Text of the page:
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Resolution of NASH and hepatic fibrosis by the GLP-1R/GcgR dual-agonist
Cotadutide via modulating mitochondrial function and lipogenesis.
Authors Boland ML, Laker RC, Mather K, Nawrocki A, Oldham S, Boland BB, Lewis H, Conway
J, Naylor J, Guionaud S, Feigh M, Veidal SS, Lantier L, McGuinness OP, Grimsby
J, Rondinone CM, Jermutus L, Larsen MR, Trevaskis JL, Rhodes CJ
Submitted By Submitted Externally on 9/28/2020
Status Published
Journal Nature metabolism
Year 2020
Date Published 5/1/2020
Volume : Pages 2 : 413 - 431
PubMed Reference 32478287
Abstract Non-alcoholic fatty liver disease and steatohepatitis are highly associated with
obesity and type 2 diabetes mellitus. Cotadutide, a GLP-1R/GcgR agonist, was
shown to reduce blood glycemia, body weight and hepatic steatosis in patients
with T2DM. Here, we demonstrate that the effects of Cotadutide to reduce body
weight, food intake and improve glucose control are predominantly mediated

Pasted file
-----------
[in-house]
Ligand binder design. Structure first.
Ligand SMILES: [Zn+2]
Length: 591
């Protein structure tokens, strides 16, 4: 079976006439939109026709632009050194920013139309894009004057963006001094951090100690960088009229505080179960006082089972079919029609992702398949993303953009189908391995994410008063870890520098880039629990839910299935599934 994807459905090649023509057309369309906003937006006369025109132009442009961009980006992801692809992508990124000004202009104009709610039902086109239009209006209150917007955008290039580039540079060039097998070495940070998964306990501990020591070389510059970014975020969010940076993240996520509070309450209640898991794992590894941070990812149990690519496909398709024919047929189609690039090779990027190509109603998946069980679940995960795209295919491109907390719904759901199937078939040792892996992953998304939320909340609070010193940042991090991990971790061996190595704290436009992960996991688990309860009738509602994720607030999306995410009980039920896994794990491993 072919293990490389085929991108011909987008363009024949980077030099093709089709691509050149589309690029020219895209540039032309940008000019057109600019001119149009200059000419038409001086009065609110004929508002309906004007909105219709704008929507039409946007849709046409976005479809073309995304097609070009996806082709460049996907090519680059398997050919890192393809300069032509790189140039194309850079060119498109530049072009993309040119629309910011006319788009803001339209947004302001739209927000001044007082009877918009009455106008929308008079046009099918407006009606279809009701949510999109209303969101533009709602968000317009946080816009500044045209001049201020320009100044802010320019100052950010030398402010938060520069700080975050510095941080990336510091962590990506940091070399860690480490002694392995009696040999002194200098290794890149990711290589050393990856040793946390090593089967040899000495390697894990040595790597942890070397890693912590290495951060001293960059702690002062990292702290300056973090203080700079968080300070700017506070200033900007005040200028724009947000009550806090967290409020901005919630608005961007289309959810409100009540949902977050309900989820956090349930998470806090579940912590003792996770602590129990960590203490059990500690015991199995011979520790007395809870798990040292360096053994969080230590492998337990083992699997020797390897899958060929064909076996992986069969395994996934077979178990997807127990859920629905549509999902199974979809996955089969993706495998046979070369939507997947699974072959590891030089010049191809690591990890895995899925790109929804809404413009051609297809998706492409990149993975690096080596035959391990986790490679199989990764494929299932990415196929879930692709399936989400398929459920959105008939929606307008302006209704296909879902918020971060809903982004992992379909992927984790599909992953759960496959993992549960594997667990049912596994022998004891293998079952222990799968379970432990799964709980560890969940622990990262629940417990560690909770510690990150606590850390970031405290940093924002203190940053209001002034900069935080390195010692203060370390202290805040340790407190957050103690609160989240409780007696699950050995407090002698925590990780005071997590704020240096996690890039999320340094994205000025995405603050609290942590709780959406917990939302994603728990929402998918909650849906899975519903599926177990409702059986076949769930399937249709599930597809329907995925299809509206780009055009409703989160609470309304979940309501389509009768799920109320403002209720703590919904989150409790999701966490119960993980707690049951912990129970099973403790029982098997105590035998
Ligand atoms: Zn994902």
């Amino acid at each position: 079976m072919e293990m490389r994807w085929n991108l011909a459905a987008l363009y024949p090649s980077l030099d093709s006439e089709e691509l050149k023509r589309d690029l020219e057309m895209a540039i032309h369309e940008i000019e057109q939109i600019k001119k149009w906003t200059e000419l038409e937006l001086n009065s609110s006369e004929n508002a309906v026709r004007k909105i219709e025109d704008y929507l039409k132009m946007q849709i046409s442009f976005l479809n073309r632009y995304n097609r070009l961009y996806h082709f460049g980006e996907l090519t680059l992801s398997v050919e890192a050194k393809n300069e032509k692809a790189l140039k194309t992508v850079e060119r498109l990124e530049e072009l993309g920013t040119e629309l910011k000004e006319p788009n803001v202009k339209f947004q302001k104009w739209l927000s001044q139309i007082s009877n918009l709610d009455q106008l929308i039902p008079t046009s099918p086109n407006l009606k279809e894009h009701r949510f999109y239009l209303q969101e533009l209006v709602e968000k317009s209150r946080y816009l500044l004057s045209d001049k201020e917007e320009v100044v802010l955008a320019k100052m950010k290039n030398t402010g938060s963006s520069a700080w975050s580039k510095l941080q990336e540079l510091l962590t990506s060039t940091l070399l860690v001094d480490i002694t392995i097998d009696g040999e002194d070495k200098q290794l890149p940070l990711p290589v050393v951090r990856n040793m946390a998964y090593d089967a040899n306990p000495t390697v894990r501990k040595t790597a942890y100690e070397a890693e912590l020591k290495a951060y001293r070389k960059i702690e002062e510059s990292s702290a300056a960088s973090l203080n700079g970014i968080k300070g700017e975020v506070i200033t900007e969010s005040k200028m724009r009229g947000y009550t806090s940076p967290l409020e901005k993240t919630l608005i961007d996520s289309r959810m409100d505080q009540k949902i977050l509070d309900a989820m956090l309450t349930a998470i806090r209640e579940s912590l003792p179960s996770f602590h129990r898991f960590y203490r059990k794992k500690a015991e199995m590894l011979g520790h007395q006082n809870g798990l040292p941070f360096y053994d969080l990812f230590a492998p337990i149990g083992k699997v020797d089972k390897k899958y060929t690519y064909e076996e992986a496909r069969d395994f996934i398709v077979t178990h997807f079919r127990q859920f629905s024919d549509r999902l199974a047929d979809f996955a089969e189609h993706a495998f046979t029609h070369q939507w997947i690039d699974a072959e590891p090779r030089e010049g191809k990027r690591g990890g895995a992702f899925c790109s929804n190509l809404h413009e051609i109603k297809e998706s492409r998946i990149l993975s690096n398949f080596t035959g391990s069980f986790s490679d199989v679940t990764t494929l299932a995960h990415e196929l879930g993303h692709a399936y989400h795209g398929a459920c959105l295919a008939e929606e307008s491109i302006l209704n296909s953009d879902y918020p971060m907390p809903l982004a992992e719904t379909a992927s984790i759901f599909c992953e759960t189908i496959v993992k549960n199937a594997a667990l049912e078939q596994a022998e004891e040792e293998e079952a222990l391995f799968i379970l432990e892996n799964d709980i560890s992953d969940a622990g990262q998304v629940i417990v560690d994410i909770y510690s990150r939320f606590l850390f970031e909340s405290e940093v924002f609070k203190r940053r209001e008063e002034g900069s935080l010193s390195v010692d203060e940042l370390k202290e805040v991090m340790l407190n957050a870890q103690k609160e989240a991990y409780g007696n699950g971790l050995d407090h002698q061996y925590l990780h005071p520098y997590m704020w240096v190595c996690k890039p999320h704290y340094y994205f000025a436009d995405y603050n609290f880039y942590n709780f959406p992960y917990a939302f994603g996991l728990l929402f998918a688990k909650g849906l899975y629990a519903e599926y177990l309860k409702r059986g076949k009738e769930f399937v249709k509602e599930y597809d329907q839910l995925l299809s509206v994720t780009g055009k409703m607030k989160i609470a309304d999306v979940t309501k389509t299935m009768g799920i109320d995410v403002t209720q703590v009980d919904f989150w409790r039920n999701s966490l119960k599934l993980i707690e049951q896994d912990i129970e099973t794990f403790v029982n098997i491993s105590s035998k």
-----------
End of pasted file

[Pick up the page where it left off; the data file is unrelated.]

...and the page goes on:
through the GLP-1 signaling, while, its action on the liver to reduce lipid
content, drive glycogen flux and improve mitochondrial turnover and function are
directly mediated through Gcg signaling. This was confirmed by the
identification of phosphorylation sites on key lipogenic and glucose metabolism
enzymes in liver of mice treated with Cotadutide. Complementary metabolomic and
transcriptomic analyses implicated lipogenic, fibrotic and inflammatory
pathways, which are consistent with a unique therapeutic contribution of GcgR
agonism by Cotadutide in vivo. Significantly, Cotadutide also alleviated
fibrosis to a greater extent than Liraglutide or Obeticholic acid (OCA), despite
adjusting dose to achieve similar weight loss in 2 preclinical mouse models of
NASH. Thus Cotadutide, via direct hepatic (GcgR) and extra-hepatic (GLP-1R)
effects, exerts multi-factorial improvement in liver function and is a promising
therapeutic option for the treatment of steatohepatitis.


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